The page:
Three consumer focus groups and three retailer focus groups1 were held in England, Scotland and Wales exploring retailers and consumers understanding of a Deposit Return Scheme (DRS) and the impact it would have on their recycling habits and businesses. The focus groups were supplemented by consumer polling of 2,000 UK adults2 about their views on recycling, their preference for a Deposit Return Scheme vs existing kerbside recycling and where they would return their recycled goods to under a Deposit Return Scheme.
- Given the choice 70% of consumers favour their existing household collections, compared to 21% that favour a new Deposit Return Scheme.
- Consumers suggest they would recycle more if more packaging was recyclable (37%), packaging was more clearly labelled (35%) and their household recycling collection took a wide range of products (29%). Only 9% thought a Deposit Return Scheme would make them recycle more.
- The most vulnerable in society support household kerbside recycling; people with long term disability (73%), people aged 65 and over (76%) and carless households (70%)
- Space is at a premium in convenience stores. Convenience stores are generally under 280 square metres and 93% of independent businesses are under 186 square metres. Retailers suggest they would not have the space to collect, process and store returned packaging.
- Processing and collecting packaging in small stores would increase pressure on staff and increase queuing times in stores. 35% of consumers said they would return their recycled packaging to stores resulting in a high volume of packaging to be processed at local shops.
- Local shops are concerned about hygiene and health and safety issues associated with used packaging. Collecting used and soiled packaging could impact on their food hygiene rating and the need to invest in protective clothing for staff to handle soiled bottles and packaging.
ACS chief executive James Lowman said: “A deposit return scheme would impose massive time and cost burdens on retailers, many of whom are operating in very small stores that would be significantly adversely affected by the proposals. We encourage the Government to focus on recycling measures that are effective, popular with the public and don’t add costs to small shops, such as improving the existing kerbside recycling schemes.”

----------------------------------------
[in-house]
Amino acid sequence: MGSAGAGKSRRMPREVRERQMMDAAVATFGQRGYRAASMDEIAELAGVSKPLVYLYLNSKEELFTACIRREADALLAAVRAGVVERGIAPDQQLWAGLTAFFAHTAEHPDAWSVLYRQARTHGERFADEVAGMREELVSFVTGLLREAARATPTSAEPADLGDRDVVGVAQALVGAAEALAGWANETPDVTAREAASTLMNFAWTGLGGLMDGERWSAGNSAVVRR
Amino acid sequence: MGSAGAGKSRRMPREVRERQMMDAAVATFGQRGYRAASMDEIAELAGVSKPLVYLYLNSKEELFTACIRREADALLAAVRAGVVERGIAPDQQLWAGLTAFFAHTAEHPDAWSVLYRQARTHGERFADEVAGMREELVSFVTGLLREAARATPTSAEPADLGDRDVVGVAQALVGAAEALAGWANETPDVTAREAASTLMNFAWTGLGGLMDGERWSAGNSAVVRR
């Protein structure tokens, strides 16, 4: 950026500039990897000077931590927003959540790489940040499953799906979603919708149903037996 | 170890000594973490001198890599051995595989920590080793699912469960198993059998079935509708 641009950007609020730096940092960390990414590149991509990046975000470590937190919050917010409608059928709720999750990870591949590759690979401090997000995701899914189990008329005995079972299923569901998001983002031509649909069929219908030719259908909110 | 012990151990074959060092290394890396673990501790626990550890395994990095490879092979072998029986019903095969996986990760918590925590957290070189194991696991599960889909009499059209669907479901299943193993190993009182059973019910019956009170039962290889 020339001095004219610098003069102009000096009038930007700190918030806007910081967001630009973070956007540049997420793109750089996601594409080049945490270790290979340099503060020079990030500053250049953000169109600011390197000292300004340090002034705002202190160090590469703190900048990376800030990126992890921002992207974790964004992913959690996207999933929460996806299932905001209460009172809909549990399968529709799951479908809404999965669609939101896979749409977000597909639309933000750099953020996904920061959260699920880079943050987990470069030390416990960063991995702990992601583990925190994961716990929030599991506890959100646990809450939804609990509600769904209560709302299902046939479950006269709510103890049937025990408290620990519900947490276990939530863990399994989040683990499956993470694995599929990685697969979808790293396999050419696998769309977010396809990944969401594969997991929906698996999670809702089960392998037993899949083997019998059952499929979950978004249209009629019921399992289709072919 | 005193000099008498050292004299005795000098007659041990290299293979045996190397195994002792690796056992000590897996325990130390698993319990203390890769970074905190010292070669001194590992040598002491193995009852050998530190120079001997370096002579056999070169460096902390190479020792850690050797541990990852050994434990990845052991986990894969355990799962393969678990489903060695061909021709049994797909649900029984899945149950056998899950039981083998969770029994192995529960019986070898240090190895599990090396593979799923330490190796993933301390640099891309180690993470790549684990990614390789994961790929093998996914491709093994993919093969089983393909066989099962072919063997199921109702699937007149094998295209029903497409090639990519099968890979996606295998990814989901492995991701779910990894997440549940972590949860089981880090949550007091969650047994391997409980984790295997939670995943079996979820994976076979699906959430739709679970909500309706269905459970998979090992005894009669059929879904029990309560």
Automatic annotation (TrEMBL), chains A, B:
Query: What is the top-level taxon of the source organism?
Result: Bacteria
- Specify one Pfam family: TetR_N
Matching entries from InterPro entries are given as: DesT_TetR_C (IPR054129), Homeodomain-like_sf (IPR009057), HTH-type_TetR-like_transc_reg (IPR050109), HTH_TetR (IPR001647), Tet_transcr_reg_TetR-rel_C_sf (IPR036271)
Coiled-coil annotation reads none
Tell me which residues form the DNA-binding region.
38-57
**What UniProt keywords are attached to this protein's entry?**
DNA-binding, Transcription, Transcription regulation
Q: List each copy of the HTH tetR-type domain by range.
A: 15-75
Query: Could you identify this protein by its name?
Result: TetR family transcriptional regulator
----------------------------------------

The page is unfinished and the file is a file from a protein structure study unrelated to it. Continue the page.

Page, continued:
SGF chief executive Peter Cheema said: “From this UK-wide research we now have clear evidence of the highly negative impact of deposit return on both consumers and retailers.
DRS is too complex, too expensive and too burdensome on customers and small shops. We should be looking instead at investing in kerbside schemes and raising the awareness of consumers about how they can recycle more effectively.”
The research was acknowledged by Foodservice Packaging Association chief executive Martin Kersh who said: “This is a powerful piece of research from 2 well respected organisations. The results are crystal clear: DRS is unpopular with the public and if enacted would result in huge costs to smaller retailers without achieving any significant increases in recycling. For a long time we have highlighted the hygiene impacts of DRS in coffee shops and food to go outlets with huge hygiene risks in handling used packaging and fresh food at the till.”
Source: News – Packaging News